Our Life MN Our Life - Page 3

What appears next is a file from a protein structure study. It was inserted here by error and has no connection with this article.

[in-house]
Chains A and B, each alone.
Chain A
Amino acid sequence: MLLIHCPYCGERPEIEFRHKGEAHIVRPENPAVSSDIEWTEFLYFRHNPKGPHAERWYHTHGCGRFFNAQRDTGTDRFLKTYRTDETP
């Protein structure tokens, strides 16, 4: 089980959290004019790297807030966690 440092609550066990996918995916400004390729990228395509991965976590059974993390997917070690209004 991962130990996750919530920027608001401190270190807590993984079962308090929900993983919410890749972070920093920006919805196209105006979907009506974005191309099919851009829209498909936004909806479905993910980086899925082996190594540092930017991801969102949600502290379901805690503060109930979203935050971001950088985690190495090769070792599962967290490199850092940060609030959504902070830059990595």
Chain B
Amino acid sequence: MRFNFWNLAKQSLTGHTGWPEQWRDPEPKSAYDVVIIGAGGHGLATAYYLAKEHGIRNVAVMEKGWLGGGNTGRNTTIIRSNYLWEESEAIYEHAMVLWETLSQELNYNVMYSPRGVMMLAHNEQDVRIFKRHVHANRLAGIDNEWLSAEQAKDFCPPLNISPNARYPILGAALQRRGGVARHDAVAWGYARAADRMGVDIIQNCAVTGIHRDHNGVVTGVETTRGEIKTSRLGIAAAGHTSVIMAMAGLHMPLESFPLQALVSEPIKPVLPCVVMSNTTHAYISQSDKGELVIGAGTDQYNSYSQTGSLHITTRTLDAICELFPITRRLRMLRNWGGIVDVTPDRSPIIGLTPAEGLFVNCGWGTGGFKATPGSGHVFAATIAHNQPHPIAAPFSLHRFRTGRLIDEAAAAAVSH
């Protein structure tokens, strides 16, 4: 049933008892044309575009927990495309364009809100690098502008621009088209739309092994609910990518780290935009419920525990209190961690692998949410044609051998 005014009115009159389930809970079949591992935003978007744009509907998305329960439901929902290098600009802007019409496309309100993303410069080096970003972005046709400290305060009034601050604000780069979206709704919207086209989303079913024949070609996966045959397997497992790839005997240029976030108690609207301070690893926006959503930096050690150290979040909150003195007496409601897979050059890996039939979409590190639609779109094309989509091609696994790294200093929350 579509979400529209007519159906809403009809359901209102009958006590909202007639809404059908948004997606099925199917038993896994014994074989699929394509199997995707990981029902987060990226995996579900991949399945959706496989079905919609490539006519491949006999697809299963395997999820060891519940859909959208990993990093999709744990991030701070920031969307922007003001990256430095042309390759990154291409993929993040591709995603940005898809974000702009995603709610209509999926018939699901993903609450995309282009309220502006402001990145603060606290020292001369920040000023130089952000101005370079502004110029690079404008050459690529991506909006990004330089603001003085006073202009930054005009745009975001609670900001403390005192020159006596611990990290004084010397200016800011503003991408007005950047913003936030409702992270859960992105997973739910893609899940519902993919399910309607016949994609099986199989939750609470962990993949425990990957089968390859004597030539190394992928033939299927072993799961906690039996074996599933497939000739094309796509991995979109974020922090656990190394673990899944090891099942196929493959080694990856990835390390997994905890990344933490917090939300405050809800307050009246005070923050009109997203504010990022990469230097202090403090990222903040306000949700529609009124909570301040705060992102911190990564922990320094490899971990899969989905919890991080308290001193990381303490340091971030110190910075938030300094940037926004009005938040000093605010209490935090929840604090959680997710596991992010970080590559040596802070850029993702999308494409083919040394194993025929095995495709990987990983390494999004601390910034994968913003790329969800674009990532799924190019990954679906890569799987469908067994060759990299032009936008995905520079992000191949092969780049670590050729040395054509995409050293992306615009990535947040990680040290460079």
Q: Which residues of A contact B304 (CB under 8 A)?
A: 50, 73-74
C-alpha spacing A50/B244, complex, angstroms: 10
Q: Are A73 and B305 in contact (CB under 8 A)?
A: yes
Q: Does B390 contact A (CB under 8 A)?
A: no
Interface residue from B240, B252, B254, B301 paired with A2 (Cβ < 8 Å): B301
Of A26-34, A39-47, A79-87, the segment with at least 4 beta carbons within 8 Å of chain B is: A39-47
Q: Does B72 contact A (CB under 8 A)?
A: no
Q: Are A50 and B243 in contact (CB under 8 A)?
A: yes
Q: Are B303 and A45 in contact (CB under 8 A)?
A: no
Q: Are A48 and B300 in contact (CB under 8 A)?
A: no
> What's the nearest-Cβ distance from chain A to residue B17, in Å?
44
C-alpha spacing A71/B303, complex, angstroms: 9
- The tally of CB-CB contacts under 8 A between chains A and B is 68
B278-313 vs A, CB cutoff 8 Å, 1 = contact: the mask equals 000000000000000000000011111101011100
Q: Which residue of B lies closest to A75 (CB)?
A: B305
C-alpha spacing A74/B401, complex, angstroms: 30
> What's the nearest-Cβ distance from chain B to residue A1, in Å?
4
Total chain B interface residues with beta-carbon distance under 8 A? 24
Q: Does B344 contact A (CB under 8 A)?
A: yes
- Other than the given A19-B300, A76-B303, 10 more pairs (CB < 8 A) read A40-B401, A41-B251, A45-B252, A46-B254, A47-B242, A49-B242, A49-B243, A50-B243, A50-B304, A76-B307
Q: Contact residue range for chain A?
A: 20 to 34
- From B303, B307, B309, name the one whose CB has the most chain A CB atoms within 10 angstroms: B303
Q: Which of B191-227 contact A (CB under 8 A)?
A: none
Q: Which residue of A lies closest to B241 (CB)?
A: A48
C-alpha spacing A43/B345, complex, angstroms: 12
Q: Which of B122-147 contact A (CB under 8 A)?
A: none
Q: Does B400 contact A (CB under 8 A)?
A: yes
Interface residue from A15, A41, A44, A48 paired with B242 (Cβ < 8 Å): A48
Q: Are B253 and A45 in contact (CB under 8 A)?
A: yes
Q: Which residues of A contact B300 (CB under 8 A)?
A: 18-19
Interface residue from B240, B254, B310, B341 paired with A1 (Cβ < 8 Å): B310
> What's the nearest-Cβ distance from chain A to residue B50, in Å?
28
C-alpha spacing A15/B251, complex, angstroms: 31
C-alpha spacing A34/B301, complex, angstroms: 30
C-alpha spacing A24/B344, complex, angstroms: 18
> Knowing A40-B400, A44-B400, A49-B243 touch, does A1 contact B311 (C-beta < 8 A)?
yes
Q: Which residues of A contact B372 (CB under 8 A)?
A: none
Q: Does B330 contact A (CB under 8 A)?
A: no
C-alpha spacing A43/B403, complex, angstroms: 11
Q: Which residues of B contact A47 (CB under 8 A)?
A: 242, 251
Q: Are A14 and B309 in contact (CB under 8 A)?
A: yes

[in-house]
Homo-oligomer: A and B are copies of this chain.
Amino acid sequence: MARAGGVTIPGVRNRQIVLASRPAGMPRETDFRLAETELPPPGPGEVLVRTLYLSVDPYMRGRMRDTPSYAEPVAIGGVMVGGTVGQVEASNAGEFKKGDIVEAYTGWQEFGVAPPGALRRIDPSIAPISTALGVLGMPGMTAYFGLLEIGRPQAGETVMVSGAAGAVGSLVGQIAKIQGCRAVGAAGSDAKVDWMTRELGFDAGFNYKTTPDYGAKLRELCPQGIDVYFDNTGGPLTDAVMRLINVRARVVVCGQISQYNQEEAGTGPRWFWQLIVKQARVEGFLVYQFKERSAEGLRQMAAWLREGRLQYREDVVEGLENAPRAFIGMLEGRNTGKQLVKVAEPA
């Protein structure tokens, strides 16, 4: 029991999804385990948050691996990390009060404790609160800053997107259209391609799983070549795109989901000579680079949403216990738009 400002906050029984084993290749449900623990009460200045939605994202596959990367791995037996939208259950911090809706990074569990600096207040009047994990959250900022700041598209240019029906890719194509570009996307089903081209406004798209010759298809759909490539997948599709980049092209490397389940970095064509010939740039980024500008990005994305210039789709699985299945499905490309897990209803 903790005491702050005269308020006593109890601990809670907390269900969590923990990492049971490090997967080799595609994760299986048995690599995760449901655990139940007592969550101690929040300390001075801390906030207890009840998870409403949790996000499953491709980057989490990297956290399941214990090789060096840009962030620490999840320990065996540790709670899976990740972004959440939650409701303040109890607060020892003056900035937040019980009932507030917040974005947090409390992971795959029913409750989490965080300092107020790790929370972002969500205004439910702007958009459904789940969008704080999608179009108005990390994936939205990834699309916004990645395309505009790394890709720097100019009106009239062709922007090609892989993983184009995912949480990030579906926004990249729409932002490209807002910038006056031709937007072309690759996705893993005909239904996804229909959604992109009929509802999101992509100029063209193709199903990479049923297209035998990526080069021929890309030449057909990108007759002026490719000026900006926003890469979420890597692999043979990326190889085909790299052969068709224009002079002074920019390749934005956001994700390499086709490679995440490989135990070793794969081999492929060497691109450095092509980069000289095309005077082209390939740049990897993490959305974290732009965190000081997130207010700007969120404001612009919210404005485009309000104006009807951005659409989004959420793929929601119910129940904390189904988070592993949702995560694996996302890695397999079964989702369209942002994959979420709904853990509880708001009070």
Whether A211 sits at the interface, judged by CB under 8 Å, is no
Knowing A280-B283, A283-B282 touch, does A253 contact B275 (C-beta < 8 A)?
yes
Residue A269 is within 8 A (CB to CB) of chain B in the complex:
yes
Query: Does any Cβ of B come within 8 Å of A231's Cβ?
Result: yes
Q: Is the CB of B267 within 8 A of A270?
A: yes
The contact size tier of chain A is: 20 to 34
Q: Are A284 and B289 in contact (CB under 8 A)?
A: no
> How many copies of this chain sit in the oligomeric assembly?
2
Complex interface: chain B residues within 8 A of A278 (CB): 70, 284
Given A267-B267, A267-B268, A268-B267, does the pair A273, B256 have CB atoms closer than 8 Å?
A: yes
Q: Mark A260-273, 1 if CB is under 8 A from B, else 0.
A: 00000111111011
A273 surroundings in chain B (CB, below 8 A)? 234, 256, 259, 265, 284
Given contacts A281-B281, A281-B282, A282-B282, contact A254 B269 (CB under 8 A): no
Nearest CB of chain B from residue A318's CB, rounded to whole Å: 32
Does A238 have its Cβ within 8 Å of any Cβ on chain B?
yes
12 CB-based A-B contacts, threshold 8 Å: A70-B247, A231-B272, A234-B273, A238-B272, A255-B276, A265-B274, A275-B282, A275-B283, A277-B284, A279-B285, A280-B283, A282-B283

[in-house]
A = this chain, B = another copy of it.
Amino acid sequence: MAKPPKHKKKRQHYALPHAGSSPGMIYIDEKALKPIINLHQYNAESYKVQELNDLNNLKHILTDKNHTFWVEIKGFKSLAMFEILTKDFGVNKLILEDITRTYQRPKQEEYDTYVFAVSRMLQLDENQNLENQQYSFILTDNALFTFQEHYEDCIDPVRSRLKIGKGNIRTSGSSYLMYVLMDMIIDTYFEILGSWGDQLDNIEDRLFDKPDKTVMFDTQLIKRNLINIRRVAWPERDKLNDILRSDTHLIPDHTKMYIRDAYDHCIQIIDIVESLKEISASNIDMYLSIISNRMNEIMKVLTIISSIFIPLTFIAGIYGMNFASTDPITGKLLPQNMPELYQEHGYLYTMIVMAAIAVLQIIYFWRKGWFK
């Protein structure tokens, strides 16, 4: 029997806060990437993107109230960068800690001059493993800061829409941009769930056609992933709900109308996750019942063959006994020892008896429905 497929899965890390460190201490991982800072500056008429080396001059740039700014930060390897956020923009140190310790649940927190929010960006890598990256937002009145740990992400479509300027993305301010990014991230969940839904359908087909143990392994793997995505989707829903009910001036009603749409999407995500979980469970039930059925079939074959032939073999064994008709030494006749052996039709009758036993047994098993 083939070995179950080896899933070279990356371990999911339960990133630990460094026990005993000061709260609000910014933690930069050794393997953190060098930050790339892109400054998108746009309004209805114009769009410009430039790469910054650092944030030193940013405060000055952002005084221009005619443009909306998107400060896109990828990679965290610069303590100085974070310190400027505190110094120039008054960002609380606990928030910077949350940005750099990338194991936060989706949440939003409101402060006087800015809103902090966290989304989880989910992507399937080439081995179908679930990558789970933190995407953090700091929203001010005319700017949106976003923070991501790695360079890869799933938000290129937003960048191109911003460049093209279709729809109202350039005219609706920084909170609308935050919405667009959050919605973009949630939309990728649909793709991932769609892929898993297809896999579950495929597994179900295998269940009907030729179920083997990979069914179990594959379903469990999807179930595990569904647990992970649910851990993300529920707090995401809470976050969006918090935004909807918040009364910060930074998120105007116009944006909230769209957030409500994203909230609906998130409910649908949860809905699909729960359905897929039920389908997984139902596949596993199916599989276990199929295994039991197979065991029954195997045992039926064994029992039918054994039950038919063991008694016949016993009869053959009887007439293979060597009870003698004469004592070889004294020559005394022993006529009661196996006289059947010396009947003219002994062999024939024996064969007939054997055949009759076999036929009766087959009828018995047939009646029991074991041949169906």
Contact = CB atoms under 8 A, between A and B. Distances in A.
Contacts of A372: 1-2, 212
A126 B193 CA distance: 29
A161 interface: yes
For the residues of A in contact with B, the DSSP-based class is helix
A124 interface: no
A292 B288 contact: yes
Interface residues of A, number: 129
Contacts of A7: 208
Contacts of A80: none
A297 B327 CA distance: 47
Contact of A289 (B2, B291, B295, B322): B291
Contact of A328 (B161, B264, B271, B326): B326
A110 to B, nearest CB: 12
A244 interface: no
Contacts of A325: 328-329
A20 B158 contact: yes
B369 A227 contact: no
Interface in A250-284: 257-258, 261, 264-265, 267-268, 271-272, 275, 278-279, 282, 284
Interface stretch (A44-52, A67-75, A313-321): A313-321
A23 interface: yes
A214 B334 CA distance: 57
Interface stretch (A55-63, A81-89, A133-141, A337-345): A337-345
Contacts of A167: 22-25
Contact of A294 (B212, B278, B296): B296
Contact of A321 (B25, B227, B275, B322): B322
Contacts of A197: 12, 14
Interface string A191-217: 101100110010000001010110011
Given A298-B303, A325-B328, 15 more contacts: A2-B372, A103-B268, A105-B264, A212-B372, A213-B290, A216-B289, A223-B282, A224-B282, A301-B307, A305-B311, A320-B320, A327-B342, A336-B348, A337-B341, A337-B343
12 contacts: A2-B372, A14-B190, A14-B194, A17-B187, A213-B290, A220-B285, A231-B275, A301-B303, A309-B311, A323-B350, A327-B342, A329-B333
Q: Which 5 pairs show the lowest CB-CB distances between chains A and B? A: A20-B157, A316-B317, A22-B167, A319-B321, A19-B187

focus.mnsun.com / post.mnsun.com Our Life • Thursday/Friday, November 17 & 18, 2016 Page 3 Seniors’ pet peeves about dining out “All I make for dinner is reservations.” You hear that a lot among older adults these days. More and more seniors are cooking less and eating out more. For some, it’s a regular routine. For others, it’s a special treat. For all, it’s a guilty pleasure. They all agree that eating out is fun. But there are some issues. Most seniors don’t like to complain or make waves, but there are a few common pet peeves among older diners. Here are some of the most frequent complaints older folks voice about dining out in today’s restaurants: • Too much noise. For seniors, eating out is a social event. They like to talk to each other over the meal. But most modern restaurants are too noisy Guest column ... by Bob Ramsey for friendly conversations. The TV and the music are cranked up full blast and the acoustics are lousy. Of course, restaurant owners like it that way. It creates a sense of “happening” in the establishment and discourages lingering. Besides most millennials would rather text, than talk — so restaurants keep putting the din back in dinner. • Too much food. Restaurant plate portions are overly ample for most seniors. That’s why many older adult diners take Caterers FROM PAGE 1 more than 200 people a week in classes, Bernie said. Bernie said she started out intending to get an interior design degree, then studied dressmaking at Minneapolis Vocational High School. In the end, though, she said, “I just like to cook.” Dick, an avid hunter and fisherman, cooks, too, including the fish frys at St. William Church. “My folks and hers were pretty good cooks,” Dick said. “I’m of Polish descent, and we were kind of brought up that way. We used to attend a lot of church events. That’s how we got into restaurant events. My wife is the chief cook.” “We’ve always worked together all these years,” Bernie said. “All of our boys are good cooks, too.” Now, Bernie says, “I’m trying to wind down a bit,” noting that she quit making thousands of Christmas cookies two years ago. She used to spend 10 days baking and gave away 27 huge platters of cookies each year. “We made up the platters on Christmas Eve,” she said. “They were all over the home “doggie bags” that neither they nor their dog ever sniff again. The older generation would rather eat less, waste less and pay less. Strangely, restaurant operators don’t share this vision. • Too much overfamiliarity. Many of today’s servers become too friendly, too quickly to suit most seniors. For example, addressing customers (strangers) as “you guys” seems like rushing things to older adults. Seniors just want good service, not another BFF over dinner. • Too much togetherness. Many restaurants, bars and bistros today are jamming customers together elbow-to-elbow to squeeze in more people and squeeze out more profit. It’s too close for comfort kitchen, covered and with bows on top.” She’s a scrapbooker, too. In 2013 and 2015, her project was a picture a day. Those years and others are artfully displayed in a series of well-read scrapbooks that chronicle the life and times of all the Stawski children and grandchildren. One of their keepsake photos is a newspaper clipping showing Bernie and Dick after they were selected teenage royalty in 1953 at the Northeast Neighborhood House in Minneapolis. In keeping with her busy schedule, Bernie has slipped another activity onto her calendar. She’s an on-call receptionist for Catholic Eldercare home in northwest Minneapolis. “We’re still pretty active in our 80s,” Dick said. “It keeps us young, and we like to do it. She’s always baking or cooking She’s really a tremendous cook. We do a lot of dinners with the family.” Dick recalls having earlier Thanksgiving dinners for the family at a restaurant they owned in Brooklyn Park and serving 60 or 70 family members on those occasions. “We’re a pretty close-knit family,” Dick said. “We are truly blessed.” for older adults. To them, it feels like livestock feeding from a trough, rather than a pleasant dining experience. If you’re close enough to cut your neighbor’s steak, you’re too close for older patrons. Seniors want their space. The list could go on; but these are the prime gripes older adults have about the current restaurant experience. But food vendors don’t need to worry too much. Seniors won’t let these little annoyances keep them from eating out because they like to “eat,” like to “go” and like being “out” and about. It reminds me of what happened when my daughter took her puppy, “Nyota,” to visit the school where she worked. (There should “For seniors, eating out is a social event. But most modern rest